We Think: Why Tuesday’s Bond Vote Matters

We Think: Why Tuesday’s Bond Vote Matters

November 2, 2016.

The recent dedication of the Western Loudoun Sheriff’s Office in Round Hill, the third such community substation since Sheriff Mike Chapman took office in 2012, says a lot about the positive direction of public infrastructure in Loudoun County. The same could be said for the Kirkpatrick Farms Fire and Rescue Station, where ground was broken last weekend.

Both demonstrate Loudoun’s commitment to public safety as well as infrastructure development.

Few counties in the nation have experienced anything close to Loudoun’s growth over the past 25 years, and the concurrent need for new infrastructure — whether it’s a school, fire/rescue or sheriff’s station, rec center, library or something else.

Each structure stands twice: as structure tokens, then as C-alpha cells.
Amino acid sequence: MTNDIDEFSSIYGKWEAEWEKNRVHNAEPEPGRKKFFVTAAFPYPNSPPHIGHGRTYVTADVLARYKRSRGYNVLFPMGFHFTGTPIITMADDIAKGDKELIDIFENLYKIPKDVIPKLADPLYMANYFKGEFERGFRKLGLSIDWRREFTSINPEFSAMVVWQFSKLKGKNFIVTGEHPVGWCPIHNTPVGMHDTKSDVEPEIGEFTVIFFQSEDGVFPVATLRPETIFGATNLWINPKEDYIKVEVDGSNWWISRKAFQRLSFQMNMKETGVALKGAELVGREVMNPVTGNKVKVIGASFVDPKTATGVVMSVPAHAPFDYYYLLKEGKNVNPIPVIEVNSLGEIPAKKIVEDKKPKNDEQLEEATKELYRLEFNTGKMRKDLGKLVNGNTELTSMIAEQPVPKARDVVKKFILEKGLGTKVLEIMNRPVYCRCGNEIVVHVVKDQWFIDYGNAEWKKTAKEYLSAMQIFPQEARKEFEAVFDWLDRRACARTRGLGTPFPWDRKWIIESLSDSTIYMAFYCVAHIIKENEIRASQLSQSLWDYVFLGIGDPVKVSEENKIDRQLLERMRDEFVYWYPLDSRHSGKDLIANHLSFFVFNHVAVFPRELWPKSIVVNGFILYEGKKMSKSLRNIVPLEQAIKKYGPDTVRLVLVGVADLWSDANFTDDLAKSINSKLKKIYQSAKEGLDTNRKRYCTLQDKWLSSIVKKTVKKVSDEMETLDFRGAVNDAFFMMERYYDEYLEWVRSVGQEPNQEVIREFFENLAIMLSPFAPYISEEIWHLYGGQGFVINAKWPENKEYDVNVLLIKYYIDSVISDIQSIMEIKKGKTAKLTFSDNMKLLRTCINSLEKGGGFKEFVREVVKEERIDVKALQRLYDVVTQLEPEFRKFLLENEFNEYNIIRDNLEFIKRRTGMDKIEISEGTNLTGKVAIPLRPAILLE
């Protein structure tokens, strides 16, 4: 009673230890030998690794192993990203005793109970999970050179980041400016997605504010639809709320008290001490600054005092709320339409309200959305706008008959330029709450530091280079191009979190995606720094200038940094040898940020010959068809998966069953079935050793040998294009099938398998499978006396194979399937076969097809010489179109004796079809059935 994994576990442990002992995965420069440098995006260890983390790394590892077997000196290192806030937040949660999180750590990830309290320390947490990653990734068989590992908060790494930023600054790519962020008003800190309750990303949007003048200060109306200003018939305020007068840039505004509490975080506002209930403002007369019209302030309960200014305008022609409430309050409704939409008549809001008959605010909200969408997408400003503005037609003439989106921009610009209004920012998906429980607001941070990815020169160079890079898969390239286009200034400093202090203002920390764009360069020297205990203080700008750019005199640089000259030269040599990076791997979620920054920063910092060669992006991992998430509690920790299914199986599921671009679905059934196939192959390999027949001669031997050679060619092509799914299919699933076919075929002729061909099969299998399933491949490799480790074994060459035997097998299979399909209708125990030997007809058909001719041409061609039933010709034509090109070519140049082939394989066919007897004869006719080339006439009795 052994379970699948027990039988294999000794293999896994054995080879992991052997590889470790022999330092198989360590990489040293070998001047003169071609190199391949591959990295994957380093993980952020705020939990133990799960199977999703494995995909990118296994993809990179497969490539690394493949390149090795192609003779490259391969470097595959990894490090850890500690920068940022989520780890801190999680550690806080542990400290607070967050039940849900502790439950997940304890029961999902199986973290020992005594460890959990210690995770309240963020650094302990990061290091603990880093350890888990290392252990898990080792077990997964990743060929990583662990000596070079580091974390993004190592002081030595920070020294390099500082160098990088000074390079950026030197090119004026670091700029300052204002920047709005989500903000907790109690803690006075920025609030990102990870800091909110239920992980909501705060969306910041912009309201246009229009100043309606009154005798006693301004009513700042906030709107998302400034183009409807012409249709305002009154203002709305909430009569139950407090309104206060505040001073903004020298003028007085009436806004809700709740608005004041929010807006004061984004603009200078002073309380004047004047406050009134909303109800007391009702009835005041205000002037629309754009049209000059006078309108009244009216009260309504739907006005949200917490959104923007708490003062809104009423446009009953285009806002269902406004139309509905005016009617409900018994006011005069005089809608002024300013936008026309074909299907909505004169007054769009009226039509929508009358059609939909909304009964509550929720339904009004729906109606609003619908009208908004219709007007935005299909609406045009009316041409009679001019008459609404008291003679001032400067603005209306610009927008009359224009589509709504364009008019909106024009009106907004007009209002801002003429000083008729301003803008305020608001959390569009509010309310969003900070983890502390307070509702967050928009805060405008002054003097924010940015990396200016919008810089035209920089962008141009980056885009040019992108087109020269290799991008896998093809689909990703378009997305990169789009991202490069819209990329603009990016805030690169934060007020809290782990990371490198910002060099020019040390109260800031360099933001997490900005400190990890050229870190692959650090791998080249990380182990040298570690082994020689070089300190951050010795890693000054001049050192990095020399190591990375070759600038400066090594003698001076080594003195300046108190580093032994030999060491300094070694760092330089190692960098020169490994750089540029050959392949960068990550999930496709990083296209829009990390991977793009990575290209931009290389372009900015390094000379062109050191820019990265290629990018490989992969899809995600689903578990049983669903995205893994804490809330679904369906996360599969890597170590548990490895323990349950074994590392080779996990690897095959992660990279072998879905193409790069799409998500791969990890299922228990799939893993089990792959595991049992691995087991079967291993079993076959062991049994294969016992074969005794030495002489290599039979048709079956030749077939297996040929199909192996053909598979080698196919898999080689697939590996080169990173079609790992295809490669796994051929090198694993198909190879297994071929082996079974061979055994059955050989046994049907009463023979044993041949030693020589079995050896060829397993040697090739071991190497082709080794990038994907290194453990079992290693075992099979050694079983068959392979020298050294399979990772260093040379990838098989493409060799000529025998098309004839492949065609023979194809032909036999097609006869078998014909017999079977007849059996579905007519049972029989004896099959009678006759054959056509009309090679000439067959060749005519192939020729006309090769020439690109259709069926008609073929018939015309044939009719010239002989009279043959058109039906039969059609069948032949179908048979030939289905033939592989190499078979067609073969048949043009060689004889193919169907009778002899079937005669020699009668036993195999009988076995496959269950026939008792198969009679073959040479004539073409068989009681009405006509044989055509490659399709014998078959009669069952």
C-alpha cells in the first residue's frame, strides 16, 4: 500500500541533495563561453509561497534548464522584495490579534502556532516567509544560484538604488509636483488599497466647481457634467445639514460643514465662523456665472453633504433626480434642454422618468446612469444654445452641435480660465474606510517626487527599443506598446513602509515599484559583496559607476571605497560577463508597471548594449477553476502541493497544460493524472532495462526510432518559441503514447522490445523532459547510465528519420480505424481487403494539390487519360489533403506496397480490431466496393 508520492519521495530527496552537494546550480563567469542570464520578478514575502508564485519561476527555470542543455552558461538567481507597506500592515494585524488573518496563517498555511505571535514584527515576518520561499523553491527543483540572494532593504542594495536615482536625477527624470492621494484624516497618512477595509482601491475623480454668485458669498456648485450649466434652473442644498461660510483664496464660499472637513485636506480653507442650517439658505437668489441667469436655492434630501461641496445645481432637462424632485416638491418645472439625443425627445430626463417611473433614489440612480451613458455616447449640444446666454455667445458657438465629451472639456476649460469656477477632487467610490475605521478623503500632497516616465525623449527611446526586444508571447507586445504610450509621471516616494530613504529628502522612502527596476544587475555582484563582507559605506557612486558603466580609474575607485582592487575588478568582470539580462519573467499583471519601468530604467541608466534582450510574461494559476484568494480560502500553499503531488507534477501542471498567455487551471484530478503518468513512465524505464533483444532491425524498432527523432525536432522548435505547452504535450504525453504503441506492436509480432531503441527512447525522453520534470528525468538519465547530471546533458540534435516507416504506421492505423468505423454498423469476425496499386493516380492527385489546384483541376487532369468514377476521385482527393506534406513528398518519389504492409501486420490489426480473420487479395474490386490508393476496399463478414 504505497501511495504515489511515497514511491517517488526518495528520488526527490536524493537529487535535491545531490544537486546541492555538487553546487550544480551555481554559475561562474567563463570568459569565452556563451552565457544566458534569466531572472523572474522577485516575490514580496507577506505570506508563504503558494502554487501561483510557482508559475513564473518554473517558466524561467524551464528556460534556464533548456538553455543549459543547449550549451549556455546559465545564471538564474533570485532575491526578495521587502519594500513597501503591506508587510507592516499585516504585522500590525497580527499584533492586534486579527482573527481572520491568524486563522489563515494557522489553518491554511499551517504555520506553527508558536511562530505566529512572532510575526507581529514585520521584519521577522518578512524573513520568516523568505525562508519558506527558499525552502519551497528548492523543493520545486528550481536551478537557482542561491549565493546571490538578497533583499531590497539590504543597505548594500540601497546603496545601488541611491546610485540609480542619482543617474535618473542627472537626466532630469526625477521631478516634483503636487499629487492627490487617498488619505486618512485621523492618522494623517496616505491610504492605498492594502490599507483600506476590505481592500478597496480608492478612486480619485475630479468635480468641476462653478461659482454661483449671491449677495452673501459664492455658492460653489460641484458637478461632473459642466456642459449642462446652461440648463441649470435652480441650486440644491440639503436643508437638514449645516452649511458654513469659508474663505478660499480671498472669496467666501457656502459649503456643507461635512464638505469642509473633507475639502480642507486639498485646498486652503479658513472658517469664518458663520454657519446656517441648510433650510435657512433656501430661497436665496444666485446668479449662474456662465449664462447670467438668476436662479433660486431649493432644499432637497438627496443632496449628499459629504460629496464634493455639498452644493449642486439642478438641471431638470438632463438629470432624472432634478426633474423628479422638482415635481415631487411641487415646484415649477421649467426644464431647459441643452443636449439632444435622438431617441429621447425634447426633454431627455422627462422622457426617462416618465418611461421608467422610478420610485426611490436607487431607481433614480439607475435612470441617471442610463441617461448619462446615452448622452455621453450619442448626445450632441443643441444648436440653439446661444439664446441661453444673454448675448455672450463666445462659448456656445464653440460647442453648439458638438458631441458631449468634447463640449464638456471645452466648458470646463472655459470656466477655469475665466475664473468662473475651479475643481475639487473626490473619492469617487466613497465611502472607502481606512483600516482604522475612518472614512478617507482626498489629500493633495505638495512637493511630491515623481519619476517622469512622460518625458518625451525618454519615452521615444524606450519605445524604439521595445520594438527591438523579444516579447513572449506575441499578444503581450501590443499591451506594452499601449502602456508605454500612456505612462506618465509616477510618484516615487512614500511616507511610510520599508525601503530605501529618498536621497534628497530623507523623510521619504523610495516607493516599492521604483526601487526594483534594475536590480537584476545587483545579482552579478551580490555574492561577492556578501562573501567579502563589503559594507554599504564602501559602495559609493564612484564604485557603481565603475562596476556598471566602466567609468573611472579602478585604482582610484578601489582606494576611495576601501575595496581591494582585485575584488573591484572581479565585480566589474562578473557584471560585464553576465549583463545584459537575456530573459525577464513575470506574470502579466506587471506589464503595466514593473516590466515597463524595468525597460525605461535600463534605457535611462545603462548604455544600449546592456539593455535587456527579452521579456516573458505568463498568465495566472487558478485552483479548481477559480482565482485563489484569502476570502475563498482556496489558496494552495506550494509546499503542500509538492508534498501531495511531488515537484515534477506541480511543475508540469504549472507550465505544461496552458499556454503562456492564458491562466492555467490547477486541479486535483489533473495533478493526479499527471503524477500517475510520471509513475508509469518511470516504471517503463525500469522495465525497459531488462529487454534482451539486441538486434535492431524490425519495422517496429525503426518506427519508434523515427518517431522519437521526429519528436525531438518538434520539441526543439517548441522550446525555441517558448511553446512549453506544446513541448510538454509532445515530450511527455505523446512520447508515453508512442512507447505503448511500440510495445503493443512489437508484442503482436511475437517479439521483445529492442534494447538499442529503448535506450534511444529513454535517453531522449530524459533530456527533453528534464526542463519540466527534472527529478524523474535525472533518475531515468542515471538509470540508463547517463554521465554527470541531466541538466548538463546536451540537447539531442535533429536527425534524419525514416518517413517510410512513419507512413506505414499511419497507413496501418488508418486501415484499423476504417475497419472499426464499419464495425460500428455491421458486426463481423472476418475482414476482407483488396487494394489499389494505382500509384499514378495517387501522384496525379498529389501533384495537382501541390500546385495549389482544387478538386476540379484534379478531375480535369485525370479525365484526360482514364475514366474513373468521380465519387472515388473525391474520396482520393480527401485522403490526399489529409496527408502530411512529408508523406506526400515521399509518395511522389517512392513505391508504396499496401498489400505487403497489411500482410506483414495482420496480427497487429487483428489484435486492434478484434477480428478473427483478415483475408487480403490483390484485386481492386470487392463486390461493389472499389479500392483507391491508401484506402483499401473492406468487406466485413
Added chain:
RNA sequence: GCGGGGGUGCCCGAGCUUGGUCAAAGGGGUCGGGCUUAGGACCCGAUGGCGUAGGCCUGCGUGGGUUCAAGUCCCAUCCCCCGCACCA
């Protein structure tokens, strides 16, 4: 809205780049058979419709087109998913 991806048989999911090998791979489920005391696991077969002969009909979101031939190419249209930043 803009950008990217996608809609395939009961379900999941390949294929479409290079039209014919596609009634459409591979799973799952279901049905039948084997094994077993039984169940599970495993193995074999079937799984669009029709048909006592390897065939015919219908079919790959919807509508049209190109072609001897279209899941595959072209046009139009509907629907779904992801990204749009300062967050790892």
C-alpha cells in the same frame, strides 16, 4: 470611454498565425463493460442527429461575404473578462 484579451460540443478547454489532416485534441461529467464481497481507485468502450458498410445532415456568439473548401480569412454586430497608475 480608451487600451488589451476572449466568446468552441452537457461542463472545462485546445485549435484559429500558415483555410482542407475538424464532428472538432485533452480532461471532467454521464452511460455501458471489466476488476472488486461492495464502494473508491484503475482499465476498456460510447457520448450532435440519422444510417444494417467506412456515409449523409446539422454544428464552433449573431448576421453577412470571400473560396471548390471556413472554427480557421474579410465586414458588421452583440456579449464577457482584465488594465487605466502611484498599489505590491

To help pay for all of this, four general obligation capital improvement bond referenda are on the ballot Nov. 8, as well as two state constitutional amendments.  We bet few Loudoun voters know much about the $76.1 million requested for parks and projects, the $17.5 million for public safety projects, the $18 million for transportation improvements, or the $233.1 for new schools.

We bet fewer still know how these costs were derived or if they represent the best use of public funds. And since the recent practice of the Board has been to bundle bond referenda by topic area (rather than have a separate referenda on each proposed school, for example), it takes some work to understand exactly what’s on the ballot.

It’s work well worth the effort, and we urge voters to study up on these ballot issues before going to the polls on Tuesday.

It matters.